Web security is another problem about which physicians and physicians-in-training need education. Web-based electronic medical record systems are generally safe, as are reputable e-health commerce systems.2 However, patients’ confidentiality may be compromised in the Web environment in many ways, not the least of which is through patients’ ignorance. Specifically, patients’ interaction with commercial health Web sites, sharing as little information as birth date, gender, ethnicity, and zip code, when linked to readily available census data, enables personal identification at over a 95% level.3

There have been attempts to provide prefiltered access to health information sites, to rate health information on the Web, and to develop tools to automatically filter Web-based information. MEDLINEplus (at 〈www.medlineplus.gov〉) and HealthWeb (at 〈www.healthweb.org〉) are examples of sites that provide filtered health information. They have achieved their aims and are in widespread use. Attempts to rate Web sites, such as the Health on the Net Foundation Code of Conduct and American Medical Society Library Choices, have been only marginally successful.4

Researchers at Stanford5 and Oregon Health Sciences University6 have investigated problems involved in the design of medical informatics tools to provide quality filtering of Web sites. Building on the work of Health on the Net, both groups have identified core elements for automated filters; however, lack of standardization of metadata elements (i.e., data about the data) for Web sites has presented significant obstacles. MedSifter, a medical version of BioSifter,7 offers a customizable tool for continuous filtered access to information from the Web, but, for reliability, initial human selection of approved Web portals is required.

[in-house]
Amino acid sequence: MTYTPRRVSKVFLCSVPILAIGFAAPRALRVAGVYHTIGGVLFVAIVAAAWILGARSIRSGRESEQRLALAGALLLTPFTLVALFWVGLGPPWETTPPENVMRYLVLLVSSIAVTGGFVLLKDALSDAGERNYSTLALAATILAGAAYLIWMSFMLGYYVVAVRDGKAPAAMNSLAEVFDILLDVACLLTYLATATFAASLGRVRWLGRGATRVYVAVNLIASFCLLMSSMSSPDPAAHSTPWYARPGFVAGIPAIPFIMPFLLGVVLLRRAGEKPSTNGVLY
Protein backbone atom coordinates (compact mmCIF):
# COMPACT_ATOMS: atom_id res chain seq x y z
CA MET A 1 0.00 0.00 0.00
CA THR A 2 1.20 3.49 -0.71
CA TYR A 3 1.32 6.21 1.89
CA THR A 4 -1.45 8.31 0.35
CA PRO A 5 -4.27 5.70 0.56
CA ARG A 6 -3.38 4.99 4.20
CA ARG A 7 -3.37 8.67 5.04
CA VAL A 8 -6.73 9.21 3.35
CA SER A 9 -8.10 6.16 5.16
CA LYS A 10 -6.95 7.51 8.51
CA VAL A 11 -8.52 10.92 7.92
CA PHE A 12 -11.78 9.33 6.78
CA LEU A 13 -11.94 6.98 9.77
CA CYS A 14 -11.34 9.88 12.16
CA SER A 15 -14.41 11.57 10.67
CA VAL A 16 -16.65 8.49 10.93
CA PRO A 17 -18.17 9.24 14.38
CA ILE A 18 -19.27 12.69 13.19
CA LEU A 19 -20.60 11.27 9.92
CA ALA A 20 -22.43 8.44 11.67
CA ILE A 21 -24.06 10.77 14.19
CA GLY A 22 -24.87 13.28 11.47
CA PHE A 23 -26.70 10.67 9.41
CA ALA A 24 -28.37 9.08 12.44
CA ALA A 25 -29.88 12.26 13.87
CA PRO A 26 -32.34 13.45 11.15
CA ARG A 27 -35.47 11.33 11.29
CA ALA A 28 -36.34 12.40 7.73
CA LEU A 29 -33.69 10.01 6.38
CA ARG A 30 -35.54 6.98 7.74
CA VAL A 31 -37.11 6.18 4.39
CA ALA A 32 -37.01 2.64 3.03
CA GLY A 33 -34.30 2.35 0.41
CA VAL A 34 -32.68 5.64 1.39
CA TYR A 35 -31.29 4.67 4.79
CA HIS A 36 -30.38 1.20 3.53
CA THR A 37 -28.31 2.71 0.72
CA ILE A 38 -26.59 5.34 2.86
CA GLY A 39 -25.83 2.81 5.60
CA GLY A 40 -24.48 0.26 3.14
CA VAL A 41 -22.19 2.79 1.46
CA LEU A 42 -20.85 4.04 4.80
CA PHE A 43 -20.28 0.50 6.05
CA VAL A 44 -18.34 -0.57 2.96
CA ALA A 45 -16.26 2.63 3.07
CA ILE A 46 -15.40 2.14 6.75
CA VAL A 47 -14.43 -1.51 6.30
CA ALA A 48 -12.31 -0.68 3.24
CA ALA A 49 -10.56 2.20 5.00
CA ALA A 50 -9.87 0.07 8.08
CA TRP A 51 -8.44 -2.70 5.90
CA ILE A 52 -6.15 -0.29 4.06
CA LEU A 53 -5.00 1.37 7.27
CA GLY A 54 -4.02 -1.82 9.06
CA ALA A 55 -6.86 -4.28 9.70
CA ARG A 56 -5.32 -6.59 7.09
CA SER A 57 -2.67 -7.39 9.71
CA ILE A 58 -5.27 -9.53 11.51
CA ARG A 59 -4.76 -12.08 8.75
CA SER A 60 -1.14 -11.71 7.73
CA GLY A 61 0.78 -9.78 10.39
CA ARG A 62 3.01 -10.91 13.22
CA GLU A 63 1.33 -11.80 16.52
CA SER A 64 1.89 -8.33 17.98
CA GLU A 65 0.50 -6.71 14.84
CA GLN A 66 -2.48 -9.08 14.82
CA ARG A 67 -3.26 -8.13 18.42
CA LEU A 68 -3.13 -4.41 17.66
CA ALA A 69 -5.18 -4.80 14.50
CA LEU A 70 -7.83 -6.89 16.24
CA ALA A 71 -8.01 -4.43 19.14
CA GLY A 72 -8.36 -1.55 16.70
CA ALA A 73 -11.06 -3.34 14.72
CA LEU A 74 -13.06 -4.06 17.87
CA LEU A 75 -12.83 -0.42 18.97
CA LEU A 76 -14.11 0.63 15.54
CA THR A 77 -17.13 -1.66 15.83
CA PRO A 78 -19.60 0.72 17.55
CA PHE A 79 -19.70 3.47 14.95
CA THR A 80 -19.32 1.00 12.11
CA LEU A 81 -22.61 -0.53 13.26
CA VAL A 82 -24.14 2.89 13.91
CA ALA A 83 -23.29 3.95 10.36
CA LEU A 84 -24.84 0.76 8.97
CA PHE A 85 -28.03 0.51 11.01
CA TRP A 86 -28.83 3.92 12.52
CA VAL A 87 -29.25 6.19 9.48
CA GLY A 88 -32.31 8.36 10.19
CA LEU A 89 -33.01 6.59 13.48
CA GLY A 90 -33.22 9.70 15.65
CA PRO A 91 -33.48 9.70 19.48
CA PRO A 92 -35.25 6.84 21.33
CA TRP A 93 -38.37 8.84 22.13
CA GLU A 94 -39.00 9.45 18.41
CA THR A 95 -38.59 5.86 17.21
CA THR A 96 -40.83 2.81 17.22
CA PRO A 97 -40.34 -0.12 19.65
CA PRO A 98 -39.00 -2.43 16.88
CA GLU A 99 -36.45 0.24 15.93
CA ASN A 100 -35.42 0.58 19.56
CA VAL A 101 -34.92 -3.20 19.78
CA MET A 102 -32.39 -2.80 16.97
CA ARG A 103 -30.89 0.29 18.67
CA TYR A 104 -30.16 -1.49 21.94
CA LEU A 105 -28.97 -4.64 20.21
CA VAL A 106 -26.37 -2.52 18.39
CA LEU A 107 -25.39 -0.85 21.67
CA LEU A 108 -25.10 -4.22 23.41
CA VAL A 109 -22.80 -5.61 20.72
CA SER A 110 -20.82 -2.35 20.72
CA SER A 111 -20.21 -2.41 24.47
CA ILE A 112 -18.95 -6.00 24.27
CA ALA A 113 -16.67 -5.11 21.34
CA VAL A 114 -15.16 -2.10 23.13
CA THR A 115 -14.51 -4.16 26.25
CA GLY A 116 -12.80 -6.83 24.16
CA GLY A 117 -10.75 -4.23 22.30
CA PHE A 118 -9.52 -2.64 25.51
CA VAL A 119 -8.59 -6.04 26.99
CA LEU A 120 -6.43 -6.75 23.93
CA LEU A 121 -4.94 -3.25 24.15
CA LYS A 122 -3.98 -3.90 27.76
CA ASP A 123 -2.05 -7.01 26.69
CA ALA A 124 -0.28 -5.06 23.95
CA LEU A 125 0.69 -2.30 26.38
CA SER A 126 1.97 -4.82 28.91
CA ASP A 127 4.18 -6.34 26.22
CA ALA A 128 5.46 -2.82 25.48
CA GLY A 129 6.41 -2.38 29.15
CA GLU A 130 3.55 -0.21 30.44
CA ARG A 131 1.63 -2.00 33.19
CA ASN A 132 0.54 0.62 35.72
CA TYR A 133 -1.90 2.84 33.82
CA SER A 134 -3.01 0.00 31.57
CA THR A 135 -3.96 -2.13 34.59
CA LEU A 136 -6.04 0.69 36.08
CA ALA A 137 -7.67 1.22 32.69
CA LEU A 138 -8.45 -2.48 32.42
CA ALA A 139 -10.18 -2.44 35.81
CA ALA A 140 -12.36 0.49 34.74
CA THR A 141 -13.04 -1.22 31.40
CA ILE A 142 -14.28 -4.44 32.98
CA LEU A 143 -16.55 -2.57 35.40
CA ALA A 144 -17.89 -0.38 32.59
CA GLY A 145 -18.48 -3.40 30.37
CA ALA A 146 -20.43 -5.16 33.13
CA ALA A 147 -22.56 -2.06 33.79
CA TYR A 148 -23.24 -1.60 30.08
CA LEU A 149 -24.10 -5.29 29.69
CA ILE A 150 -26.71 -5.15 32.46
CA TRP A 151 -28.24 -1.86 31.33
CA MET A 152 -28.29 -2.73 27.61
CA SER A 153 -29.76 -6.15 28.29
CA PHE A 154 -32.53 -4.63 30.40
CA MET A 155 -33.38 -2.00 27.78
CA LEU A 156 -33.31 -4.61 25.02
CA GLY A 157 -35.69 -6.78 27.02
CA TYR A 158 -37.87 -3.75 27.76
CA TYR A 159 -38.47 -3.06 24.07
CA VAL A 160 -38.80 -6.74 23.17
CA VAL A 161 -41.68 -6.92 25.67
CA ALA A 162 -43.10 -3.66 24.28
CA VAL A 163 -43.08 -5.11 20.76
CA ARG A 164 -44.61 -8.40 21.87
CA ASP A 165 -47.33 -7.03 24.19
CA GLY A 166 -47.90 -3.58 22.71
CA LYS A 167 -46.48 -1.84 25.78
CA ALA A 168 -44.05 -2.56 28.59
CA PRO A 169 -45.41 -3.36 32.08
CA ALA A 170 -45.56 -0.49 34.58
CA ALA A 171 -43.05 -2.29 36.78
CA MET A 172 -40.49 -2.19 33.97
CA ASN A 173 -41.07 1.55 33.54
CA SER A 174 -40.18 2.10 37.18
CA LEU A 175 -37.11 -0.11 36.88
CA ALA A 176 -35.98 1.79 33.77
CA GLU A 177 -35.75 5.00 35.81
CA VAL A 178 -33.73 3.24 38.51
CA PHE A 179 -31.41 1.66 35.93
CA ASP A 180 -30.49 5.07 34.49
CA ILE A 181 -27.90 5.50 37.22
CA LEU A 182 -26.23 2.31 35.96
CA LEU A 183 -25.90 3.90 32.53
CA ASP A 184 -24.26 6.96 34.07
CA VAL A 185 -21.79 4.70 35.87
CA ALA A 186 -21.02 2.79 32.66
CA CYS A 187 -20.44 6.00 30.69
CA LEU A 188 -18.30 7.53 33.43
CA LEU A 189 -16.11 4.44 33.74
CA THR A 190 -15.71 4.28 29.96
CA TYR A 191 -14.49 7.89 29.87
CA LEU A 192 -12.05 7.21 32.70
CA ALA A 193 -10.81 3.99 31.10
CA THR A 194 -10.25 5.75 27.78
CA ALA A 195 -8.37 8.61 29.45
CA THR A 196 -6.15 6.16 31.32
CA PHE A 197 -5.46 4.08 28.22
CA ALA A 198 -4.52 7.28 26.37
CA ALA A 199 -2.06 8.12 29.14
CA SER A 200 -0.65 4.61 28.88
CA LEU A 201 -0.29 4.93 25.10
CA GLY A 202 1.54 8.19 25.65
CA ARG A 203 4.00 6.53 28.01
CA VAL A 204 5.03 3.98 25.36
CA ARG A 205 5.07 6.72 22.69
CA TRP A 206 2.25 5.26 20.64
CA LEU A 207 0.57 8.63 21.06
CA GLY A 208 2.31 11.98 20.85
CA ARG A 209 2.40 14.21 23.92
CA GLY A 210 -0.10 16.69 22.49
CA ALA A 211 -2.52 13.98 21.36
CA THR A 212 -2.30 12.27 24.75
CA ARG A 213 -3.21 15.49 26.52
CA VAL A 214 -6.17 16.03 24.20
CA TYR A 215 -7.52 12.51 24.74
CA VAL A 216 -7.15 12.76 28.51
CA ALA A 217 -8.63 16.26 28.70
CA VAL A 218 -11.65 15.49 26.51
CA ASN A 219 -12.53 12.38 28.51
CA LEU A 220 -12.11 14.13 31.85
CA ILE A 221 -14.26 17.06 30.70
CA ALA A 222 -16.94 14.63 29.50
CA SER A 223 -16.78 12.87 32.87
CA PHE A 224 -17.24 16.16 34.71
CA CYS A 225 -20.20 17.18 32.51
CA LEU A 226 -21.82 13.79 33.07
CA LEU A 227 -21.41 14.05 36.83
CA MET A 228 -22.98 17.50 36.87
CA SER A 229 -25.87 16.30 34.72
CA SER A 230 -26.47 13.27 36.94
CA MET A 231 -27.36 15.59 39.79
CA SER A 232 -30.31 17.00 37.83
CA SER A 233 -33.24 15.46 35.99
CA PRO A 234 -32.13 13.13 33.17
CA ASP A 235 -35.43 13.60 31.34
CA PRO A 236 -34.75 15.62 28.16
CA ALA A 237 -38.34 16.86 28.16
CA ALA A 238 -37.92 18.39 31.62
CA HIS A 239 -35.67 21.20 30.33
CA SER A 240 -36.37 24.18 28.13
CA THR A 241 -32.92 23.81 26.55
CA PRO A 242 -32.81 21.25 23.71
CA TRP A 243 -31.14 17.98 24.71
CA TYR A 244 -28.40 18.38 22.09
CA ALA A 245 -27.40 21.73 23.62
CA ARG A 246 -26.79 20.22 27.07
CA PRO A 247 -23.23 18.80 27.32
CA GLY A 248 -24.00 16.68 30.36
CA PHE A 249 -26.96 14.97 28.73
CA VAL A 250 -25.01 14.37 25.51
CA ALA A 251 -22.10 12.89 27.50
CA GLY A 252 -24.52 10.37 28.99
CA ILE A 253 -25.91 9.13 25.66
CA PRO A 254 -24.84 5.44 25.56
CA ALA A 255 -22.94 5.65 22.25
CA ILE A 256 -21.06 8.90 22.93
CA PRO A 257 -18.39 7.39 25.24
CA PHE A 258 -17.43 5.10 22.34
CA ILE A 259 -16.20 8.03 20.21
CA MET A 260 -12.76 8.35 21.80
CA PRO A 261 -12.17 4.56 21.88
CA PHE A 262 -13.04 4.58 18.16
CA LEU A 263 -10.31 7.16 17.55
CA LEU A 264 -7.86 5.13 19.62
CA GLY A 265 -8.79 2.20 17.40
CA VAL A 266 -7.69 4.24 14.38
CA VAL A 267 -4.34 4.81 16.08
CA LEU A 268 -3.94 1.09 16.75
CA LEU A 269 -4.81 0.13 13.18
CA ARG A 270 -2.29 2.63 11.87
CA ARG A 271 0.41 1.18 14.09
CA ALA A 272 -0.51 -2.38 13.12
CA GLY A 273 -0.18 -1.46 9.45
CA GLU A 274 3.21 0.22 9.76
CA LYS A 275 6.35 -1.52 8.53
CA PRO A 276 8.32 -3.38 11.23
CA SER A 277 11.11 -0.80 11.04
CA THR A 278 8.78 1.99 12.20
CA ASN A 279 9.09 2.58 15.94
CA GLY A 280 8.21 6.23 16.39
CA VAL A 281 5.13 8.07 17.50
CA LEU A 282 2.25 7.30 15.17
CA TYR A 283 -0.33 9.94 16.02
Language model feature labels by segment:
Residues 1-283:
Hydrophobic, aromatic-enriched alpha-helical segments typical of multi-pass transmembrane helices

Although these efforts show promise, they also underscore the need for physician education about practicing “information-astute medicine.” The Association of American Medical Colleges’ Medical School Objectives Project (MSOP) recognizes the need for medical informatics in the curriculum. In the MSOP's Lifelong Learning Role objective, educators are challenged to facilitate student learning in information retrieval, including the identification and acquisition of documents from the Web, and in filtering, evaluating, and reconciling that information.8 However, traditional issues, such as lack of curricular time and inadequate expertise of faculty, have contributed to the slow adoption of the MSOP recommendations.

Another issue is the significant difference in the perceptions of medical educators and medical students of the need for instruction in critically evaluating electronic resources. Approximately half of matriculating medical students feel that they are already competent in this skill, while medical educators disagree that such a high percentage are competent.9 Similar results are found in the Association of American Medical Colleges’ graduation questionnaire responses. Data from 2002 show that 55% of student respondents felt confident in their ability to use a variety of telemedicine applications that are not widely used in practice, much less incorporated into medical school curricula. Over 93% also felt confident in their ability to perform sophisticated searches of medical information databases, and 78% felt confident in their ability to critically analyze a research report.10 Again, these data, besides illustrating the difficulties in self-reporting for assessment, point to the discrepancy between students’ definition of competency in critically evaluating electronic resources and medical educators’ expectations.

Proposed Learning Objectives for Web Competencies